The film follows two South African men as they search for Rodriguez (the name Sugar Man references a line in one of his songs), who was presumed to be dead. Once they discover he’s alive and well and living in Detroit, they take him to South Africa to perform for thousands of fans and to give him a taste of the life he should have had.

Written by Craig Bartholomew Strydom and Stephen (Sugar) Segerman, two men who play a large role in the film, Sugar Man is an exhaustively detailed account of all that happened before, during and after the time frame covered in the film. Segerman’s first encounter with a Rodriguez song while doing his mandatory time in the army, Rodriguez’s multiple stints in local politics, the eventual suicide of director Malik Bendajelloul not long after the film won an Academy Award — every conversation, every email, Sugar Man covers it all.

The book is broken up into four sections — the mystery, the man, the music and the movie — which is very helpful given the amount of voices and storylines that weave together to create the narrative picture as a whole.

On occasion, however, all the details and historic references do become overwhelming, and are not always necessary in order to move the story forward. In certain instances, it feels more productive to skim over those parts instead of reading word for word.

The most interesting tidbits are those excluded from the film (or that hadn’t happened until after the film was made), namely the fact that after his initial shows in South Africa, Rodriguez toured the country several more times in the early and mid-2000s with varying success, and the surprising falling out between Segerman and Rodriguez spurred by Segerman’s move into a more managerial role.

For those who loved the documentary, Sugar Man: The Life, Death and Resurrection of Sixto Rodriguez is an excellent companion piece that bookends the film beautifully, answering any and all questions one may have about the lives of all those involved, both pre- and post-documentary.

In the prologue of the book, Strydom and Segerman say the film was “the search for the man who didn’t know he was lost.” This book proves to be the rest of the story we didn’t know we were missing.

Erin Lebar is a multimedia producer at the Free Press.

‘Sugar Man’ Rodriguez opens Montreux Jazz Festival | Reuters

 U.S. folk singer Sixto Rodriguez performs during the first night of the 47th Montreux Jazz Festival July 4, 2013. Credit: Reuters/Valentin Flauraud

U.S. folk singer Sixto Rodriguez performs during the first night of the 47th Montreux Jazz Festival July 4, 2013.
Credit: Reuters/Valentin Flauraud

(Reuters) – American singer-songwriter Sixto “Sugar Man” Rodriguez, virtually unknown a few years ago, opened the Montreux Jazz Festival on Thursday, which American producer and its former co-director Quincy Jones calls the “Rolls Royce of music festivals.”

Fresh from the Glastonbury festival in Britain last weekend, Rodriguez gave a Fourth of July concert in the Swiss resort, mixing songs from his two albums that never made the charts with borrowed tunes including the classic rock’n’roll hit “Fever.”

The Detroit-based singer, whose lyrics evoke the folksy sound of Bob Dylan, is the shy subject of “Searching for Sugar Man,” a film by Swedish director Malik Bendjelloul that tells the incredible story of his fame late in life. It won the Oscar for best documentary this year.

Read more at ‘Sugar Man’ Rodriguez opens Montreux Jazz Festival | Reuters.

Rodriguez is sweeter than sugar, man | StarTribune.com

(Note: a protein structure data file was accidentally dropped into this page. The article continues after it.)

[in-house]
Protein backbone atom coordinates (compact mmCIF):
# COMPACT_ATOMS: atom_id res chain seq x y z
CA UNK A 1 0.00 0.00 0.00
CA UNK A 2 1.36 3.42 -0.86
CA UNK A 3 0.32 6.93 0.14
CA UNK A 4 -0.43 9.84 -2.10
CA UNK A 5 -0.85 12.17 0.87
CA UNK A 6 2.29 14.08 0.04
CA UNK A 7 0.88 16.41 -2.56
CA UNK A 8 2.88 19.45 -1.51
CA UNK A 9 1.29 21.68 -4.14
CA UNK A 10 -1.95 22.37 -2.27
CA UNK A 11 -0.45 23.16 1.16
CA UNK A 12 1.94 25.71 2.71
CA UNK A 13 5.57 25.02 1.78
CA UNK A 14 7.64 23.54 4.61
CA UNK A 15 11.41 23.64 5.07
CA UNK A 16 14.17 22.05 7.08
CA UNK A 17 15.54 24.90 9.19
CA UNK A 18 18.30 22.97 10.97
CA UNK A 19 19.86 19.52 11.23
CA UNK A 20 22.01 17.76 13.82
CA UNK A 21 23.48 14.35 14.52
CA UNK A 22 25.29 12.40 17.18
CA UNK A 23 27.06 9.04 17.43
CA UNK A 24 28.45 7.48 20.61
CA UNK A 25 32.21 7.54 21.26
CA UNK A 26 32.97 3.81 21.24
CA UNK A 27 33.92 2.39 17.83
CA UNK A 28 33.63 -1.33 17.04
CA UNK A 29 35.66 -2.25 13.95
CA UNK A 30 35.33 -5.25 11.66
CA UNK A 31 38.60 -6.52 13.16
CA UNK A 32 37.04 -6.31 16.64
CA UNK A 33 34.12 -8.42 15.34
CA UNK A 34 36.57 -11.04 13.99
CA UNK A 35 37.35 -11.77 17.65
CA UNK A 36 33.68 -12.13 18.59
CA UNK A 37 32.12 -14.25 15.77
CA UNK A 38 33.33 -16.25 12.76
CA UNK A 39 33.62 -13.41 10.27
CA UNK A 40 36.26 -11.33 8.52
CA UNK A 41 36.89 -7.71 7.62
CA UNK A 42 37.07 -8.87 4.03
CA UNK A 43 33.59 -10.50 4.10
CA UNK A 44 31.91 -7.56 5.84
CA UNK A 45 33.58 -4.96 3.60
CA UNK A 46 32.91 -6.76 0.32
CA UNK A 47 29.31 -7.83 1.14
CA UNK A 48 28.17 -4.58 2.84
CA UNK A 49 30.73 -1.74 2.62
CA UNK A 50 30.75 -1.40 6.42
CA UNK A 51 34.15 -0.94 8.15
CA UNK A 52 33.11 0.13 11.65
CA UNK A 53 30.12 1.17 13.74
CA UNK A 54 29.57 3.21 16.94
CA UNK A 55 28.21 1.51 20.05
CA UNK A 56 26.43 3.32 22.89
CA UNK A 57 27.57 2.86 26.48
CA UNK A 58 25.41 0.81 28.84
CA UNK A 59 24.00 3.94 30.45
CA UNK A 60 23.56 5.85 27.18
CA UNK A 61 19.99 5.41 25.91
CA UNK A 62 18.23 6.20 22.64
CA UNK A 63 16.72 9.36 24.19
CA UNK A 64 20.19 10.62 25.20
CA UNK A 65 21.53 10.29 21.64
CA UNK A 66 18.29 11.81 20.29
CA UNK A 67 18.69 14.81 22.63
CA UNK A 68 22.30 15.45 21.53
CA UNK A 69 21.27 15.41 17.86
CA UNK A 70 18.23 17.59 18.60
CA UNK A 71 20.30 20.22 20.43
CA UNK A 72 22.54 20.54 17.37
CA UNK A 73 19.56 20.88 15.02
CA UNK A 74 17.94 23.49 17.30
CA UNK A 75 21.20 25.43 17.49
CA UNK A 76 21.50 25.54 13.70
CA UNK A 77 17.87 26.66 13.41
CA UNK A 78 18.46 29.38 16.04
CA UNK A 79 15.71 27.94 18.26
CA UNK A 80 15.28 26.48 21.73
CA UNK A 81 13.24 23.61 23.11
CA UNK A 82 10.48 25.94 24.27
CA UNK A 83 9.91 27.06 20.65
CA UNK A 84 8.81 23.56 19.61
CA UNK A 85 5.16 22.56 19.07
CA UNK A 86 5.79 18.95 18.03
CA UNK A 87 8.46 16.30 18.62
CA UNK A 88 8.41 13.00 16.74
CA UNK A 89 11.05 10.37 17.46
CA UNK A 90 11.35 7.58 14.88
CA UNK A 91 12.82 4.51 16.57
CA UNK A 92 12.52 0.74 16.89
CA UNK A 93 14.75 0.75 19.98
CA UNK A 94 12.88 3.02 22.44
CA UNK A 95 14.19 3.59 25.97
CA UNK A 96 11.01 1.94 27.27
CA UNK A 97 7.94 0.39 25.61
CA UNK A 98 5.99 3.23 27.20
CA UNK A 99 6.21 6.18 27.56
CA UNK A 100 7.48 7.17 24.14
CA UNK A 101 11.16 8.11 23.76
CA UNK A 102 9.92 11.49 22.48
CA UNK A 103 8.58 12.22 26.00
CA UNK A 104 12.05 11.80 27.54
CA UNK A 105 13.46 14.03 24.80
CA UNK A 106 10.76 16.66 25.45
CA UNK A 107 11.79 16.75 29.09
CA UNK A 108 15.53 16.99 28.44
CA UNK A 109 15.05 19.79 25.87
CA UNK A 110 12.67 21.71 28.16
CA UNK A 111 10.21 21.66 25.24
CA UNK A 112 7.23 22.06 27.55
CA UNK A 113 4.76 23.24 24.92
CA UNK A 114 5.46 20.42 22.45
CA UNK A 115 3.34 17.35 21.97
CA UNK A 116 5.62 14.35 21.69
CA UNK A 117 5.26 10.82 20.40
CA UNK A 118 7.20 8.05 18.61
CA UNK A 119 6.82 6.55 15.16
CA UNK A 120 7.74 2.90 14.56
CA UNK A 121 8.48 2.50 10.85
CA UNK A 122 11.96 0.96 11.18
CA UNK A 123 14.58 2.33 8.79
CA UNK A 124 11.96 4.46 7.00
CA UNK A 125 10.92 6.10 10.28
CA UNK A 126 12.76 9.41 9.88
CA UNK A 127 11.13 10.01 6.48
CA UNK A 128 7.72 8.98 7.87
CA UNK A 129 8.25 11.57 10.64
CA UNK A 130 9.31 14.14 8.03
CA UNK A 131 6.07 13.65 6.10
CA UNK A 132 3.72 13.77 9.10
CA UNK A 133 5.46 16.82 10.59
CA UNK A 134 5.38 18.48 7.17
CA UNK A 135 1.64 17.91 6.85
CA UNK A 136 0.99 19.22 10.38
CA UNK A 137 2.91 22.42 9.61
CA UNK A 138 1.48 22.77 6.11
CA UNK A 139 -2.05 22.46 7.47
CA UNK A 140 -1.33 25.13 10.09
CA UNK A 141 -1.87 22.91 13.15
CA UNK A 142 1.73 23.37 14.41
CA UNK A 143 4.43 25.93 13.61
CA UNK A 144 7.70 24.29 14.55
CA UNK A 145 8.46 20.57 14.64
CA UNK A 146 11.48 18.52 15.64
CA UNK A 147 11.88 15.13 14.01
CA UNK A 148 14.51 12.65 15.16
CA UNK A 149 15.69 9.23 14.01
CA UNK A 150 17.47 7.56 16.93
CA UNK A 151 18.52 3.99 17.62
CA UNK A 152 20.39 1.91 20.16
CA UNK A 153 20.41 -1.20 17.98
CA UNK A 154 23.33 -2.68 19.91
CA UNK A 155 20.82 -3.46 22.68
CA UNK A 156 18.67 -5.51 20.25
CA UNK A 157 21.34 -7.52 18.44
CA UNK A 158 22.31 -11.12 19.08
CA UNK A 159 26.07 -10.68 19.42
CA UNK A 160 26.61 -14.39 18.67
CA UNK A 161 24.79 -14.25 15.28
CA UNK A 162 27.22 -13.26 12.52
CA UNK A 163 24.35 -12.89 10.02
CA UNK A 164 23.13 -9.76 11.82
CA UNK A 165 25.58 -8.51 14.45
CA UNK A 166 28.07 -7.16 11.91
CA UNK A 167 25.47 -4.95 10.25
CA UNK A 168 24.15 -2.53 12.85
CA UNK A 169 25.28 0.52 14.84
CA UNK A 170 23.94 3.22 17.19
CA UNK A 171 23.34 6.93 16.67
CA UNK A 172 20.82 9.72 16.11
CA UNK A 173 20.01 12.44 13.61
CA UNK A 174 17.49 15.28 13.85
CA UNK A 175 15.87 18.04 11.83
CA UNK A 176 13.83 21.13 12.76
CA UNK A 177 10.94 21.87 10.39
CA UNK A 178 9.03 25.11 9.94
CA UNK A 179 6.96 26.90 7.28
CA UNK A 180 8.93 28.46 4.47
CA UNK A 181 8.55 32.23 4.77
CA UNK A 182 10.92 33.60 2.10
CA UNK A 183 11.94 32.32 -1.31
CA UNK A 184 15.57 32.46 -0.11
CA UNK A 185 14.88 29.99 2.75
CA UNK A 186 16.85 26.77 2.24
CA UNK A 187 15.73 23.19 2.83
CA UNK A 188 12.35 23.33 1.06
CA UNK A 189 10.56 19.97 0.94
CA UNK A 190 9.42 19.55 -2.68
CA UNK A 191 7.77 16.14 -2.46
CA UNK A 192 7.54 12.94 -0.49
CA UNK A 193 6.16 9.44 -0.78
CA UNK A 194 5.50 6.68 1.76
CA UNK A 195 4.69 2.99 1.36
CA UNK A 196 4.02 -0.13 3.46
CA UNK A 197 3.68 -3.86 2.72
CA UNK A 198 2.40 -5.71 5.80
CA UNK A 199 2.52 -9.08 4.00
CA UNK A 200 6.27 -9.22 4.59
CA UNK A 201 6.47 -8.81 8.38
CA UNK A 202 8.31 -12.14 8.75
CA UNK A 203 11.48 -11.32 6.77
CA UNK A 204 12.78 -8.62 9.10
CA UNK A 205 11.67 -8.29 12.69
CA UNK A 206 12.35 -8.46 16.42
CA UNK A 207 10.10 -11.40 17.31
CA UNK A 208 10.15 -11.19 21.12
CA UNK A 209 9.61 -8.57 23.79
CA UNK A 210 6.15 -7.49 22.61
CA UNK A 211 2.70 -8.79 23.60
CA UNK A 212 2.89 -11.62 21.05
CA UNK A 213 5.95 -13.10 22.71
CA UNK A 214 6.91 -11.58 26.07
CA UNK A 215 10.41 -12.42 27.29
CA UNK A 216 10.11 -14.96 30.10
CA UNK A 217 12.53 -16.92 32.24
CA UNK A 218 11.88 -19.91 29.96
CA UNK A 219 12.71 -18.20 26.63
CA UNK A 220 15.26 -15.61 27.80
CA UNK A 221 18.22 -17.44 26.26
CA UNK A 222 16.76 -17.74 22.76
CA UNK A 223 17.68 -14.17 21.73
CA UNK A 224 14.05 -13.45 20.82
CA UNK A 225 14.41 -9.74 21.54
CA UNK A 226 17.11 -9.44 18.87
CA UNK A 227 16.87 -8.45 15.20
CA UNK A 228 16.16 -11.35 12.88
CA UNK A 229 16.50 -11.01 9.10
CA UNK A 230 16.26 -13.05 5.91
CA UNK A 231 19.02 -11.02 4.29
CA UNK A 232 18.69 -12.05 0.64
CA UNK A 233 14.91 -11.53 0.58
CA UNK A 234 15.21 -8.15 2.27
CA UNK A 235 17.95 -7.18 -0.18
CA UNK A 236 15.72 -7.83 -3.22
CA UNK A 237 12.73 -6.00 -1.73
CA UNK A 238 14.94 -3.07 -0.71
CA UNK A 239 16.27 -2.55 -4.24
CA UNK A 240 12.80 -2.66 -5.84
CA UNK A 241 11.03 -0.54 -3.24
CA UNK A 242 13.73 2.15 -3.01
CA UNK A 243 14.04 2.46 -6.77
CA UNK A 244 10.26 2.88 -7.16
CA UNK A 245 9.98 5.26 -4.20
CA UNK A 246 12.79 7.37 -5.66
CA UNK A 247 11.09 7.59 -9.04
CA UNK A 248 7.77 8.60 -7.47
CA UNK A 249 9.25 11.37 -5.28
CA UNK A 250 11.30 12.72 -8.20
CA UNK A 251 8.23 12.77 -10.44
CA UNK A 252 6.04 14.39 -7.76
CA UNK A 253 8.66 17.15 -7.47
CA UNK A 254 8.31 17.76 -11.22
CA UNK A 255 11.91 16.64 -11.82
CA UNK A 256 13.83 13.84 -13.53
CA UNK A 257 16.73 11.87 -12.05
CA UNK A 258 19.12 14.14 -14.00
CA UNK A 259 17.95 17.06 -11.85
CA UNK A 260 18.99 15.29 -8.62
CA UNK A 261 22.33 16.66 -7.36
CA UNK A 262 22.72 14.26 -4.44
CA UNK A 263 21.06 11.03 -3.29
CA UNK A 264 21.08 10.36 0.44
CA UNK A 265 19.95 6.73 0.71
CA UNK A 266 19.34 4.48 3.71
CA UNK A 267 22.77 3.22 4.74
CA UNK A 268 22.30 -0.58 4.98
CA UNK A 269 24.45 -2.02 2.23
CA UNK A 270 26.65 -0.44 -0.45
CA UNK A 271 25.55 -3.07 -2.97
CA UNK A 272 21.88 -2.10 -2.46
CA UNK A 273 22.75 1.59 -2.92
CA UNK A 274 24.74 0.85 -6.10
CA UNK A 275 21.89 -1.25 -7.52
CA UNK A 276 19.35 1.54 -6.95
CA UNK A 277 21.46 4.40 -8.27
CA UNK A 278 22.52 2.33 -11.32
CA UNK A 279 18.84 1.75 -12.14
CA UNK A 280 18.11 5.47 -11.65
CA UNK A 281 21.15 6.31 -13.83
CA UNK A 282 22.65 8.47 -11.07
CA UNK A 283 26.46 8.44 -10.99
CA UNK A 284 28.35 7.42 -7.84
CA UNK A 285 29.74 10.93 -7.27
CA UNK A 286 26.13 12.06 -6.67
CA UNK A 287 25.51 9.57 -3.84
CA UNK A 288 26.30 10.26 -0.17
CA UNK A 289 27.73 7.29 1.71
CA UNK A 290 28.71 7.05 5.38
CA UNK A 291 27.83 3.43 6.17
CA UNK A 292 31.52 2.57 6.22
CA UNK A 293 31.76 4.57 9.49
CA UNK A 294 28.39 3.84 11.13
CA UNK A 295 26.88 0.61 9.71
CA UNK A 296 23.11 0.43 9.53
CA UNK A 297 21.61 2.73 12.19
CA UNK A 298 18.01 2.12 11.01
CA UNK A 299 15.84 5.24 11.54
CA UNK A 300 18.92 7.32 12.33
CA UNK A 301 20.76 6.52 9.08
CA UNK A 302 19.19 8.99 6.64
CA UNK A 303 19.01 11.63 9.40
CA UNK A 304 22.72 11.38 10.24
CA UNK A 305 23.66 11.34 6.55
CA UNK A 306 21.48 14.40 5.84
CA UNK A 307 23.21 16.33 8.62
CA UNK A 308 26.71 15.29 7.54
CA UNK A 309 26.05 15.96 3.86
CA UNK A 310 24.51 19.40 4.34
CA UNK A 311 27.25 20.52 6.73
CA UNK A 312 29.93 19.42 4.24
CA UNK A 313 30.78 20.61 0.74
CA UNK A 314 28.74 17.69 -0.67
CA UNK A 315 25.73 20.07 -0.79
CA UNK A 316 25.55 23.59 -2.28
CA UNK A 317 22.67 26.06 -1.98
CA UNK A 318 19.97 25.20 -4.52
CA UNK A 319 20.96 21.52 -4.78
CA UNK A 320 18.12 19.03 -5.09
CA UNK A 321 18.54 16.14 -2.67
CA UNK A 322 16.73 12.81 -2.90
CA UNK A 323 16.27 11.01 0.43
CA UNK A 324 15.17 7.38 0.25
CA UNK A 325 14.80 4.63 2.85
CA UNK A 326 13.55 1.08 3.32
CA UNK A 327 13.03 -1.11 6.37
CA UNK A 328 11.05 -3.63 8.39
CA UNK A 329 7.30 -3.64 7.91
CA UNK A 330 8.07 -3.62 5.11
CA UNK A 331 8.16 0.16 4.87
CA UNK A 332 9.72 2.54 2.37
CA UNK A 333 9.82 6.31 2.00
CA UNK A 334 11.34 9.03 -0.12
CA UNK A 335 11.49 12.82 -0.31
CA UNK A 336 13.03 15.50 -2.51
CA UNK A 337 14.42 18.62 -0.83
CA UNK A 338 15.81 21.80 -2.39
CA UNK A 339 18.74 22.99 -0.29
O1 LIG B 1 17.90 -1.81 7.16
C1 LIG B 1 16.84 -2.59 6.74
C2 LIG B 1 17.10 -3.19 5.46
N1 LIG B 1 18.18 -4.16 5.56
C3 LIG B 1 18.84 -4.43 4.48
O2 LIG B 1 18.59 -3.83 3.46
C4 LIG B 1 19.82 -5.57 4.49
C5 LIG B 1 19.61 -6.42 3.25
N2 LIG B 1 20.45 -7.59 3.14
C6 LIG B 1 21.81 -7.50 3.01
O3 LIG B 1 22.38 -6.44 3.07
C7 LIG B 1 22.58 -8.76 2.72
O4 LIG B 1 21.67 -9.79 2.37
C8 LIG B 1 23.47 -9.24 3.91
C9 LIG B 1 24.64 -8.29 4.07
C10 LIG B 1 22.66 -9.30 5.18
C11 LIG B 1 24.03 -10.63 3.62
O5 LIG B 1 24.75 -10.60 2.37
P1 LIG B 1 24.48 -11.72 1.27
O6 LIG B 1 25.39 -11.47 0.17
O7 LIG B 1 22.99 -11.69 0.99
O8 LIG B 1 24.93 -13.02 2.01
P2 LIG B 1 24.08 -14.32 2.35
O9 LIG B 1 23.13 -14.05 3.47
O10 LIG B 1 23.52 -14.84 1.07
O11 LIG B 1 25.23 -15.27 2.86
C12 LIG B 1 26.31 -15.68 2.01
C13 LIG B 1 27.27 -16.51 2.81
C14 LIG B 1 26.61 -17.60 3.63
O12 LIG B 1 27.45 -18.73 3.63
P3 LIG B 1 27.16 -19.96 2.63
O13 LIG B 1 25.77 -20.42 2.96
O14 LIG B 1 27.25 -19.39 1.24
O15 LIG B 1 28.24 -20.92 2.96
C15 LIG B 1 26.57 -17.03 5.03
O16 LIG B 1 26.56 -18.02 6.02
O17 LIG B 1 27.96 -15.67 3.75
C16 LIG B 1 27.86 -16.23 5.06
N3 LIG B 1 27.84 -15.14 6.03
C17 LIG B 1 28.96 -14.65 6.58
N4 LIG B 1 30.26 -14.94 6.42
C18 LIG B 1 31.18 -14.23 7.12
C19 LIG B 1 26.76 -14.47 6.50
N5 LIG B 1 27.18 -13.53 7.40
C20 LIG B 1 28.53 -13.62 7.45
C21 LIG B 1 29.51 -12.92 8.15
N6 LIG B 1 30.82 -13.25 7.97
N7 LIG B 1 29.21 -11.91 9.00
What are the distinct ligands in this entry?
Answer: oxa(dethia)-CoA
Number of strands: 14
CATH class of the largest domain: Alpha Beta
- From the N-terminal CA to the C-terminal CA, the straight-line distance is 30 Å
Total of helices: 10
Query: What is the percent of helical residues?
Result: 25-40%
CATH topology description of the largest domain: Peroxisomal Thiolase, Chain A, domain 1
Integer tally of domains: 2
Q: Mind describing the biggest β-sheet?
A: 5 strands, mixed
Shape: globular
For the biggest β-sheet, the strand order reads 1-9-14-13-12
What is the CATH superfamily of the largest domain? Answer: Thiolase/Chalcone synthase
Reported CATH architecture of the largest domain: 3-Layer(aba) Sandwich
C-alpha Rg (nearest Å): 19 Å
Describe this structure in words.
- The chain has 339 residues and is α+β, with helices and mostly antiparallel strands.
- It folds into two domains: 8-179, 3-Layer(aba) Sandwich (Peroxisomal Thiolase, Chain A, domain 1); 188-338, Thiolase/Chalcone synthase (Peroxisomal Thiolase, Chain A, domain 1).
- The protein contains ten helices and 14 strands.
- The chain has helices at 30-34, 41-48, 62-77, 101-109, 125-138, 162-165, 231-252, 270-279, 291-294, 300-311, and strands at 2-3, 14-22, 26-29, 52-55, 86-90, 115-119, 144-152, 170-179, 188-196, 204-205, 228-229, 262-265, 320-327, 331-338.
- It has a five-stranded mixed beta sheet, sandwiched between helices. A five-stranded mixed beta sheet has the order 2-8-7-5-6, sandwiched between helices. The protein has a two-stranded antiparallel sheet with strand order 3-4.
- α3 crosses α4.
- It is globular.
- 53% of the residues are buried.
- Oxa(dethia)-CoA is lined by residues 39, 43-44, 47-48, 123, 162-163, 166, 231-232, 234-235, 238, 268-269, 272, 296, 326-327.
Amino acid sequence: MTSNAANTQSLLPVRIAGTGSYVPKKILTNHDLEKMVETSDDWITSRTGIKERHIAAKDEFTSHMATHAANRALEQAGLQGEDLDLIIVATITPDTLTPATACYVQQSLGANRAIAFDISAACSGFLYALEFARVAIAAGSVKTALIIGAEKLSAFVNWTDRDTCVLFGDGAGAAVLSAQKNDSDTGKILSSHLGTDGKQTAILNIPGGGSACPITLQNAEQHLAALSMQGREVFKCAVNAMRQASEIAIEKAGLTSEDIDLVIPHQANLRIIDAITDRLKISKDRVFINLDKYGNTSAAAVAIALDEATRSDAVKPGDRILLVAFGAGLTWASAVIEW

Rodriguez | Photo: Kyndell Harkness, Star Tribune
Rodriguez | Photo: Kyndell Harkness, Star Tribune

He seemed frail when escorted onstage by two women Wednesday at the sold-out Fitzgerald Theater in St. Paul. But then he put on his dark-tinted glasses, his floppy black hat and his beige guitar and suddenly he transformed into Rodriguez, musician of mystery, melancholy and that Oscar-winning movie.

“Searching for Sugar Man,” which took the Academy Award this year for best documentary, told the story of an obscure Detroit folk-rock singer whose two albums from the early 1970s had somehow made him into a beloved cult hero in South Africa. Two obsessive fans there started searching for the singer, thought to be dead, and not only found him in Detroit but then brought him to South Africa for a series of major concerts in the late 1990s. It was all filmed and eventually turned into a 2012 movie.

It’s a fascinating story and a terrific footnote in rock history — that Rodriguez’s career was relaunched by an Oscar-honored movie.

And Rodriguez’s concert at the Fitzgerald was as winning as the movie. Maybe more so.

Read more at Rodriguez is sweeter than sugar, man | StarTribune.com.

Rodriguez In New York: ‘Sugar Man’ Star Pleases Fans At Beacon Theatre | Huffington Post

Rodriguez
Rodriguez

NEW YORK — Sixto Diaz Rodriguez can’t hit the high notes like he used to, but that didn’t matter to his fans.

The 70-year-old singer made famous by the Oscar-winning documentary “Searching for Sugar Man” performed Sunday night to a worshipful crowd at Manhattan’s Beacon Theatre.

The folk-rocker was at his best performing his own songs, like “I Wonder,” with the catchy line, “I wonder how many times you had sex,” and a slightly jazzy version of his beautiful, mournful ballad “I Think of You.”

Read more at Rodriguez In New York: ‘Sugar Man’ Star Pleases Fans At Beacon Theatre.

Rodriguez – Sugar Man (RocknRolla Soundsystem Edit)

Sixto Rodríguez is an American folk musician from Detroit. His career initially proved short-lived with two little-sold albums in the early 1970s. Unbeknownst to him, however, his work became extremely successful and influential in South Africa, although there he was mistakenly rumoured to have committed suicide. The full story is reflected in the 2012 Oscar winning documentary: Searching for Sugar Man.

This retreat is done with respect to the original by RocknRolla Soundsystem and Joris Vos